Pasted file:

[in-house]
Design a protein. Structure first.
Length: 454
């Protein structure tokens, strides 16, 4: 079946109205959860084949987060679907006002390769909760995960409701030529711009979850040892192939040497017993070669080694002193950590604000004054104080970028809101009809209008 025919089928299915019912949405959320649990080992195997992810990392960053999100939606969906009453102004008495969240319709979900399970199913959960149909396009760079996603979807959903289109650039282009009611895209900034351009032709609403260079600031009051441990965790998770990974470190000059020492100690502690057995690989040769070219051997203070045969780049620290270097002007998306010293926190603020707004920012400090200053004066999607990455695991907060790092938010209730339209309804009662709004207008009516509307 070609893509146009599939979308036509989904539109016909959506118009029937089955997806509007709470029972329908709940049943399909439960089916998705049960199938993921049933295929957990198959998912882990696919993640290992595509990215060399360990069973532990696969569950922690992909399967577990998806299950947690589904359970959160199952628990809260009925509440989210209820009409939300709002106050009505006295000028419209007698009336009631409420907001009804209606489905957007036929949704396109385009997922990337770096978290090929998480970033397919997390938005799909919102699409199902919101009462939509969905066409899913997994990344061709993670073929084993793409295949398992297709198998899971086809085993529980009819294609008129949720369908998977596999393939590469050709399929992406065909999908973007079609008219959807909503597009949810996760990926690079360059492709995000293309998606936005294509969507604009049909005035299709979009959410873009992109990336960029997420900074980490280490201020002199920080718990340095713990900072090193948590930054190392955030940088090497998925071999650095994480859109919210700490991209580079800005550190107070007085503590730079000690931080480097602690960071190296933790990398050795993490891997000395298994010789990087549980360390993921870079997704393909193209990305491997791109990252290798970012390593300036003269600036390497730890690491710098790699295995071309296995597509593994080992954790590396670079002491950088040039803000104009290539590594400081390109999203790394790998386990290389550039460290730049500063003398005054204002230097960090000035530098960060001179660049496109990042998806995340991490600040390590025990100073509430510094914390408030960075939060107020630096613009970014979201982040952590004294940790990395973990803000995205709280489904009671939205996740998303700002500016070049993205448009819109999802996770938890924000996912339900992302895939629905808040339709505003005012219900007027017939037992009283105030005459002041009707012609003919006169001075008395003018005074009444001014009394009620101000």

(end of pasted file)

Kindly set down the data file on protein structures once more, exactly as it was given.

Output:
[in-house]
Design a protein. Structure first.
Length: 454
């Protein structure tokens, strides 16, 4: 079946109205959860084949987060679907006002390769909760995960409701030529711009979850040892192939040497017993070669080694002193950590604000004054104080970028809101009809209008 025919089928299915019912949405959320649990080992195997992810990392960053999100939606969906009453102004008495969240319709979900399970199913959960149909396009760079996603979807959903289109650039282009009611895209900034351009032709609403260079600031009051441990965790998770990974470190000059020492100690502690057995690989040769070219051997203070045969780049620290270097002007998306010293926190603020707004920012400090200053004066999607990455695991907060790092938010209730339209309804009662709004207008009516509307 070609893509146009599939979308036509989904539109016909959506118009029937089955997806509007709470029972329908709940049943399909439960089916998705049960199938993921049933295929957990198959998912882990696919993640290992595509990215060399360990069973532990696969569950922690992909399967577990998806299950947690589904359970959160199952628990809260009925509440989210209820009409939300709002106050009505006295000028419209007698009336009631409420907001009804209606489905957007036929949704396109385009997922990337770096978290090929998480970033397919997390938005799909919102699409199902919101009462939509969905066409899913997994990344061709993670073929084993793409295949398992297709198998899971086809085993529980009819294609008129949720369908998977596999393939590469050709399929992406065909999908973007079609008219959807909503597009949810996760990926690079360059492709995000293309998606936005294509969507604009049909005035299709979009959410873009992109990336960029997420900074980490280490201020002199920080718990340095713990900072090193948590930054190392955030940088090497998925071999650095994480859109919210700490991209580079800005550190107070007085503590730079000690931080480097602690960071190296933790990398050795993490891997000395298994010789990087549980360390993921870079997704393909193209990305491997791109990252290798970012390593300036003269600036390497730890690491710098790699295995071309296995597509593994080992954790590396670079002491950088040039803000104009290539590594400081390109999203790394790998386990290389550039460290730049500063003398005054204002230097960090000035530098960060001179660049496109990042998806995340991490600040390590025990100073509430510094914390408030960075939060107020630096613009970014979201982040952590004294940790990395973990803000995205709280489904009671939205996740998303700002500016070049993205448009819109999802996770938890924000996912339900992302895939629905808040339709505003005012219900007027017939037992009283105030005459002041009707012609003919006169001075008395003018005074009444001014009394009620101000």